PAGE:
A personalized video game is a game made for a specific person or small group of people, usually as a luxury gift, similar to a personalized book.
Art – literature, film, music – has been used to express love and affection – and indeed hurt and hate – as long as we have recorded history. The oldest love poem we know about (A Love Song of Shu-Suen) is about 4000 years old. Shakespeare's love sonnets are studied all over the world. The movie Immortal Beloved speculates about the love life of Beethoven – including who his famous piece Für Elize may have been for. A big percentage of songs are love songs, and even though the line between universal themes and personal inspiration is blurry, it is clear art is a powerful vehicle for expressing emotions.
We’ve talked about the emotional power of games a lot on this site. One example (with a romantic theme) is the game Florence, where we follow a young woman on her journey of love and self-discovery. The games plot is one we have seen hundreds of times in all kinds of media: girl meets boy, there is love, there is an obstacle, and then either they overcome it or something more interesting happens.
Despite the familiarity of the theme, the game is moving, and while it uses all the same mechanisms as a film to pull on our emotions (color, music, pace), it uses something different too: game mechanics. For example, arguments are presented as puzzles where the players have to reconstruct the couple's speech bubbles. The difficulty of the puzzles mimics the progression of the argument so that their emotions are also reflected in what we have to do. A difficult conversation becomes a difficult puzzle. This makes the content feel fresh, and intensifies its impact. We know it's difficult for them because it is difficult for us.
While the expressive power of art is clear, it has not always been available to everyone. While ordinary people could construct their own love poems and songs for some time, you either needed to be an artist, or rich enough to hire an artist, to make something more elaborate like a painting or movie. But the digital age saw the birth of tools that could also be used by non-experts, and today we have enormous amounts of "user-created content" – images, photos, animations, videos, music.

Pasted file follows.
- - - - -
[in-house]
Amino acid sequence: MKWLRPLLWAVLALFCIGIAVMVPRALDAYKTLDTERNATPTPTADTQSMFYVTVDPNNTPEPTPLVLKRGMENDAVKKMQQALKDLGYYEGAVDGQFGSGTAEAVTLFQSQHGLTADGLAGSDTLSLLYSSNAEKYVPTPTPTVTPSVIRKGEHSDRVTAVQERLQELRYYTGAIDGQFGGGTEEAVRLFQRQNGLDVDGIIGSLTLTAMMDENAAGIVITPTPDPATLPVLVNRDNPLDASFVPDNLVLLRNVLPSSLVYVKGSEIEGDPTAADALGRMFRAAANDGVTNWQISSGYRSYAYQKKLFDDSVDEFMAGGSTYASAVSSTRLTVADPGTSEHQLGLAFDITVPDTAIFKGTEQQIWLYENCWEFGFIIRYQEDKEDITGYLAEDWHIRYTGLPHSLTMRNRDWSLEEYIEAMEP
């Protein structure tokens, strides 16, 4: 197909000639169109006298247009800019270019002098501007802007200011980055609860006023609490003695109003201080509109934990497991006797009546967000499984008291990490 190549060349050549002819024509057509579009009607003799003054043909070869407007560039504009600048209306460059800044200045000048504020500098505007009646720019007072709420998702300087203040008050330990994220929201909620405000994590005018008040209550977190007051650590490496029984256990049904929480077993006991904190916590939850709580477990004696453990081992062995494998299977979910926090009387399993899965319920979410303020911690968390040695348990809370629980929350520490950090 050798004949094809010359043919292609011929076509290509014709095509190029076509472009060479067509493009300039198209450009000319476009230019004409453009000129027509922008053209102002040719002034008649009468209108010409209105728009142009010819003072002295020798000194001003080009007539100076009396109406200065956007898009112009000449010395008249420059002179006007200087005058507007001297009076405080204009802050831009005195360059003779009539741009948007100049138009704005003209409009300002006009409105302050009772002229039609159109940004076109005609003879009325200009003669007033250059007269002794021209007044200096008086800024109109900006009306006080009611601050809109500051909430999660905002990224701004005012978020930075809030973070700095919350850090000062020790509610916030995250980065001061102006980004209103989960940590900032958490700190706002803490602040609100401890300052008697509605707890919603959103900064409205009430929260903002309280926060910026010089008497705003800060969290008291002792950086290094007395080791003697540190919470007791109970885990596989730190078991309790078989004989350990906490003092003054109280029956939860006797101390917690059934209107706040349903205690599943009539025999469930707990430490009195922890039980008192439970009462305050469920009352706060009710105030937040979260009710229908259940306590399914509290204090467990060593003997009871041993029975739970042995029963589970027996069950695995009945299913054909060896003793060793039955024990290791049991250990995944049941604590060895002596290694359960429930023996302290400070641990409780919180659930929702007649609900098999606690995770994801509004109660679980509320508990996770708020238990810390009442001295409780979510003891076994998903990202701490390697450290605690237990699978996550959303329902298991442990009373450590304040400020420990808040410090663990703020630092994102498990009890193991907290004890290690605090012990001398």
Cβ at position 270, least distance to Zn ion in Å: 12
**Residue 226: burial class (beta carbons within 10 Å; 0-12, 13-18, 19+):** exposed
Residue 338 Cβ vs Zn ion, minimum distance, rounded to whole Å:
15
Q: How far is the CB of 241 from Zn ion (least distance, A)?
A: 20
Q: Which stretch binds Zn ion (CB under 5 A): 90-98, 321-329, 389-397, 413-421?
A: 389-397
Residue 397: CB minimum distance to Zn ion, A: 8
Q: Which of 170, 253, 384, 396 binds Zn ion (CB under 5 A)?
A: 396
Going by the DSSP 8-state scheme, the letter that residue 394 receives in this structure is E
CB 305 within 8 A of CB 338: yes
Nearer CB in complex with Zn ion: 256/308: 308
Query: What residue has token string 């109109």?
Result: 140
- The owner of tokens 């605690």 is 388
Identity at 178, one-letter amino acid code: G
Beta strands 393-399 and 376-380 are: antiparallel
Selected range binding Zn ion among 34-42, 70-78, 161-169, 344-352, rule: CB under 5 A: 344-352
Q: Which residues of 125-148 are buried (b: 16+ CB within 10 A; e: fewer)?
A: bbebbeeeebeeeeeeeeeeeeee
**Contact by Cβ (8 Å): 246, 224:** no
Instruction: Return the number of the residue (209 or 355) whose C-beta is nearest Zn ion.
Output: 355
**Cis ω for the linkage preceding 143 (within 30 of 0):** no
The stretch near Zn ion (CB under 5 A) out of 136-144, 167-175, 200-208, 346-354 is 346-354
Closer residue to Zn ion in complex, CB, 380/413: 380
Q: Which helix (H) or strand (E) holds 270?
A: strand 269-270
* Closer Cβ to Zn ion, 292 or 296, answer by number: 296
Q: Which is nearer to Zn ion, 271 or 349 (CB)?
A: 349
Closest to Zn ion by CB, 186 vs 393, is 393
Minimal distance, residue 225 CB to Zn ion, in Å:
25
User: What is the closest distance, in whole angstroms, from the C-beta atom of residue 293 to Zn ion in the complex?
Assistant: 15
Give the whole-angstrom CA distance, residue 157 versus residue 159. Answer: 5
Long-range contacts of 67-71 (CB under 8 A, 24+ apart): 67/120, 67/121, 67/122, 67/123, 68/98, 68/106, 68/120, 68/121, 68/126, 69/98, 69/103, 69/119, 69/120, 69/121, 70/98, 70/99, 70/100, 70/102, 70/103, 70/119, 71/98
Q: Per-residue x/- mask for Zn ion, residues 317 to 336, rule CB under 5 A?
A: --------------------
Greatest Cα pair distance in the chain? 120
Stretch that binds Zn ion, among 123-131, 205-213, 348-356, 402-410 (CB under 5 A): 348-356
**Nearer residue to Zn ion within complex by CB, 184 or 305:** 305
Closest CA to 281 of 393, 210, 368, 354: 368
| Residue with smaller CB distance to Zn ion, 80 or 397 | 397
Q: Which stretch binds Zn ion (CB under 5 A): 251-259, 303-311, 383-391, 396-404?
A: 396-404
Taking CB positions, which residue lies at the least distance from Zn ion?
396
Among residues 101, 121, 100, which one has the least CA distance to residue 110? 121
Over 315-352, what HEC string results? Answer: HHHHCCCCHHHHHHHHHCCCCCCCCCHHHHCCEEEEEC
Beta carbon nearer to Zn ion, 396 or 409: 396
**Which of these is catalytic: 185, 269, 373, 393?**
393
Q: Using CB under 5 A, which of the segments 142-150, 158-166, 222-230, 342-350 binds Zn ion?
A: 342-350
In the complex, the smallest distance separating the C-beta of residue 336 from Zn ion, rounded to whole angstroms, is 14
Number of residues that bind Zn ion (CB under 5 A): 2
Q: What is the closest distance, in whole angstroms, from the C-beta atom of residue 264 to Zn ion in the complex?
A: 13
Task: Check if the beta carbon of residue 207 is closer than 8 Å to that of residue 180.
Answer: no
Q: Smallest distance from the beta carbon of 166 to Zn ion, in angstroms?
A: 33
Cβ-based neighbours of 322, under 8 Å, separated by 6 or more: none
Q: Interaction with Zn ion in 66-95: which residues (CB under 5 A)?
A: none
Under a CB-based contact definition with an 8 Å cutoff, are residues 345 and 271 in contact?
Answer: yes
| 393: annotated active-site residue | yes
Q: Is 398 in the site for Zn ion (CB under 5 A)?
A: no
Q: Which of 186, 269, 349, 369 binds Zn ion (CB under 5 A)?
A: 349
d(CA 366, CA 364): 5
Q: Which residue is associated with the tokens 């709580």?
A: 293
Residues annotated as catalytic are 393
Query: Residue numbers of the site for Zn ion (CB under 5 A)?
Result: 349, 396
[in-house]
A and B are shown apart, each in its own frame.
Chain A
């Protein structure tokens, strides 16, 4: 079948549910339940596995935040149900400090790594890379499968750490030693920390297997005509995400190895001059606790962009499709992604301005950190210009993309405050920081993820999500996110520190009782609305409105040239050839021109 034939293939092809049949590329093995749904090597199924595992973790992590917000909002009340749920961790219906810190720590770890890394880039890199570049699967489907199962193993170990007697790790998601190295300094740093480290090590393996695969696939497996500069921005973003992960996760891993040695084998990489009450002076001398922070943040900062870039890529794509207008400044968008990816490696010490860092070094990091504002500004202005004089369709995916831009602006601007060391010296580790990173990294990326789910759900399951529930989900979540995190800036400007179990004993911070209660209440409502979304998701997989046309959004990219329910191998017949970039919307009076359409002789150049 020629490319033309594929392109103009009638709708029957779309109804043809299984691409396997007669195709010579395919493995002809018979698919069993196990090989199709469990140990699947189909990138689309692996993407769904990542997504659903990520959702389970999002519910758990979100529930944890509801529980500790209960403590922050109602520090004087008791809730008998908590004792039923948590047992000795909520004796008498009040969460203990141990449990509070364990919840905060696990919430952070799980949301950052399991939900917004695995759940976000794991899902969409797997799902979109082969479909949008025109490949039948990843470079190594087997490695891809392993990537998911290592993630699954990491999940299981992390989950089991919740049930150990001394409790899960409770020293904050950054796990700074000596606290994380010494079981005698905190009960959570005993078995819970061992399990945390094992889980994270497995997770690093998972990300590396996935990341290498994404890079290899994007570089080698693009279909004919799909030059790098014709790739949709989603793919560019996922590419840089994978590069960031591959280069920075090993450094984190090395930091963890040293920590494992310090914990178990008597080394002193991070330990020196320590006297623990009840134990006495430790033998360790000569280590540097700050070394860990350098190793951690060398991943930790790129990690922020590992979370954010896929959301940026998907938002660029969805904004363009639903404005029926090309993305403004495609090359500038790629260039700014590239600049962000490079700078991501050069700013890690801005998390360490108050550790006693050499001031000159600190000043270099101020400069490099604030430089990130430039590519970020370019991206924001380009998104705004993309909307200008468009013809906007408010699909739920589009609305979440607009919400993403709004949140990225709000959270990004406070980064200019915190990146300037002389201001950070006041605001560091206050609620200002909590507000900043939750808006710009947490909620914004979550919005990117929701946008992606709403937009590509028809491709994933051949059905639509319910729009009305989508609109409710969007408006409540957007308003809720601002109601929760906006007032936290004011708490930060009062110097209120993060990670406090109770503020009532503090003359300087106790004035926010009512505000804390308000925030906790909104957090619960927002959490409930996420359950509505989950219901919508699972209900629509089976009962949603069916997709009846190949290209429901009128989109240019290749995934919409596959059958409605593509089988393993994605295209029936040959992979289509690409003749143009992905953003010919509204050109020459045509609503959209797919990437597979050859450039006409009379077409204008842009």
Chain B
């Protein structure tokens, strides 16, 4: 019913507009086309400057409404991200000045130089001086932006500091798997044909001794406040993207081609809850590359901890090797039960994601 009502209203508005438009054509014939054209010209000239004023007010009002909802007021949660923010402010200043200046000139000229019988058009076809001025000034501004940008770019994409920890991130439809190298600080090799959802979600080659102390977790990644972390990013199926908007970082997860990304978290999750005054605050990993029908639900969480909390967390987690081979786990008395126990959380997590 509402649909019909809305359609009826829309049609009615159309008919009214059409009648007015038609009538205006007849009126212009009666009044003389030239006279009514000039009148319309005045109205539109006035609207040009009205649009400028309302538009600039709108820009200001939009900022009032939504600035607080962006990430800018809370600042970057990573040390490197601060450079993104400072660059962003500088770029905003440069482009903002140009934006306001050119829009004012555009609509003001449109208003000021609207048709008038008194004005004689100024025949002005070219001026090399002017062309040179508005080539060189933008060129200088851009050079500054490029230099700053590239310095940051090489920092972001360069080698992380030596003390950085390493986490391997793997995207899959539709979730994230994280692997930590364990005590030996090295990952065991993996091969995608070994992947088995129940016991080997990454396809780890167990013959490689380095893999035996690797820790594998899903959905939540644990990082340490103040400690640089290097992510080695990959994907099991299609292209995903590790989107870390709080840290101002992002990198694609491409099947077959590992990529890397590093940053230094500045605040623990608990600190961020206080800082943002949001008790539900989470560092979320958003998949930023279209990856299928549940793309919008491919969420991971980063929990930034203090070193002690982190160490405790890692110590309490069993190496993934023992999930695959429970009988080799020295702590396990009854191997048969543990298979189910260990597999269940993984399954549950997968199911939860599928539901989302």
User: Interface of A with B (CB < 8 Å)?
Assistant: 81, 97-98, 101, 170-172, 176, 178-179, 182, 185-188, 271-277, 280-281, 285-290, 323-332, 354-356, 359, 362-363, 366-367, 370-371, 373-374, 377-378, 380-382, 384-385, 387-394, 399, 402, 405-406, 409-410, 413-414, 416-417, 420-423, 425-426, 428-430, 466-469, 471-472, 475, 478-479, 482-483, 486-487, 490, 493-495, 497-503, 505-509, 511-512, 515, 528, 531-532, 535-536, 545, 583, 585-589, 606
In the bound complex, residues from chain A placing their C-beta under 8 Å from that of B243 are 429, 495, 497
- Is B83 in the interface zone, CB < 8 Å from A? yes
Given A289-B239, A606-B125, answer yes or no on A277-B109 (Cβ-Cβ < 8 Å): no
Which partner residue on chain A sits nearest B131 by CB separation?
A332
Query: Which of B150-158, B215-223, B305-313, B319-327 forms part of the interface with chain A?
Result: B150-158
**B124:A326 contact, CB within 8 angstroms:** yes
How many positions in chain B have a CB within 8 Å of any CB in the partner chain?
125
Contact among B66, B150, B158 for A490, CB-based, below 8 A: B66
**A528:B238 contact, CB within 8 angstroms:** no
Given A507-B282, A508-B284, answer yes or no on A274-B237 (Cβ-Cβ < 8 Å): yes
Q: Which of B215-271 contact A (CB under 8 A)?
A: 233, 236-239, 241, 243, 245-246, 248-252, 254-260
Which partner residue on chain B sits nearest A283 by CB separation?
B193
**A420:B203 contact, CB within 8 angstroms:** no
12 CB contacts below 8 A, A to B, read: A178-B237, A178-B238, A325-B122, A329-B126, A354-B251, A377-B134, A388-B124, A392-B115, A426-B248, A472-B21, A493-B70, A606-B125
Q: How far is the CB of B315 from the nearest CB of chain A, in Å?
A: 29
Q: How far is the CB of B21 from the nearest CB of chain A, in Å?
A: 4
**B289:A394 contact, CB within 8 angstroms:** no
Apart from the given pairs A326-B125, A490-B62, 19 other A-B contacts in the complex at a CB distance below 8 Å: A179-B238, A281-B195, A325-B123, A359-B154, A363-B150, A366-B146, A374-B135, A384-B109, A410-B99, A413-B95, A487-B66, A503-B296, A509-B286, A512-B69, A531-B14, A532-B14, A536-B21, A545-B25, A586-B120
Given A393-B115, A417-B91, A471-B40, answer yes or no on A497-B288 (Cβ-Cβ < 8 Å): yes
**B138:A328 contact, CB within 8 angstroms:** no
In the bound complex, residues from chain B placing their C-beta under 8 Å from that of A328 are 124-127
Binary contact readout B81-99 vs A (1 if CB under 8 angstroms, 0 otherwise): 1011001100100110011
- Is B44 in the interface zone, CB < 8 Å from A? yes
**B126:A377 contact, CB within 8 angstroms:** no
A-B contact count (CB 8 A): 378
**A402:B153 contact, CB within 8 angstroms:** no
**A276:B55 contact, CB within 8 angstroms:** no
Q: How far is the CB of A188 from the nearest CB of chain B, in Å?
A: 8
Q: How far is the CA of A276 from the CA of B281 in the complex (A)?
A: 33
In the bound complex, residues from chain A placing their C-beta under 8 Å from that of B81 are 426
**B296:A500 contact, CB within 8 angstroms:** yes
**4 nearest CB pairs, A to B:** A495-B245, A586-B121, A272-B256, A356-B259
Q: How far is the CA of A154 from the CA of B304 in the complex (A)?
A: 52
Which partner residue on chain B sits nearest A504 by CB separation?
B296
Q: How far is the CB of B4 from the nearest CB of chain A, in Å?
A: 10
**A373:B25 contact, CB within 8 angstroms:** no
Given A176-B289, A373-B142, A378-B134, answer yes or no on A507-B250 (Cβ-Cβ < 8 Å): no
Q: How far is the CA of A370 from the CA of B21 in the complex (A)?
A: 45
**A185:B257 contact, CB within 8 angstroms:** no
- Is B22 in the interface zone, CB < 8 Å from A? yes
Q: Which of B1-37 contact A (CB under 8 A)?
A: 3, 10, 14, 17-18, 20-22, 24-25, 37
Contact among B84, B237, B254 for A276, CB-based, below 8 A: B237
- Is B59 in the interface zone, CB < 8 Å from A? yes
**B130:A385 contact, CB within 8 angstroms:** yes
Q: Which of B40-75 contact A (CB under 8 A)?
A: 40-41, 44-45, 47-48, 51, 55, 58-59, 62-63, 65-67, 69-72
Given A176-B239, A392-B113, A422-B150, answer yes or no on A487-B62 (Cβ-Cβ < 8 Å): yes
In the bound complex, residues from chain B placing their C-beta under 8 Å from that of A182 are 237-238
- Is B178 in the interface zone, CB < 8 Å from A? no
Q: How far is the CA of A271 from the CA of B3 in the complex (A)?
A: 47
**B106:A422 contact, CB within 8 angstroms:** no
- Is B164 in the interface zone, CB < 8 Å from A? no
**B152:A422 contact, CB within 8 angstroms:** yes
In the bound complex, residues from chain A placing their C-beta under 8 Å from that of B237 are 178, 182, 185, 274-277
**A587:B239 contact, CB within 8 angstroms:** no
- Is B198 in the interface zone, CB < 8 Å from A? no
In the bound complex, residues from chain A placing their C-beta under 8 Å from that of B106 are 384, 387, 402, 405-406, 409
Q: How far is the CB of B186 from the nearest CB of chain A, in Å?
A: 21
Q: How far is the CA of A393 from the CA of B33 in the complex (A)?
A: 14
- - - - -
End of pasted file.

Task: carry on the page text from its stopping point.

One friend – whose family was spread across the globe during the pandemic – made a video where each family member produced a note of Happy Birthday on a different type of instrument or voice, cut together in an elaborate ensemble. It could never work as a commercial project; yet the investment yielded a gift more valuable than you could buy off-the-shelf for the same "amount". The value is almost created out of thin air not from the process itself, but rather who takes part in it. It's not the production value; it's the personal touch.
The personal touch can have a huge impact in games too.
During our "100 Days of Games for Growth" campaign, we created a bunch of word games for our clients to say thank you for doing business with us. Each game used the name of the person it was for, combined with words we thought describe them. The gameplay in those games will certainly not win any game design awards, but the reaction we got surprised us; people were touched that we took the time to create something unique for each one.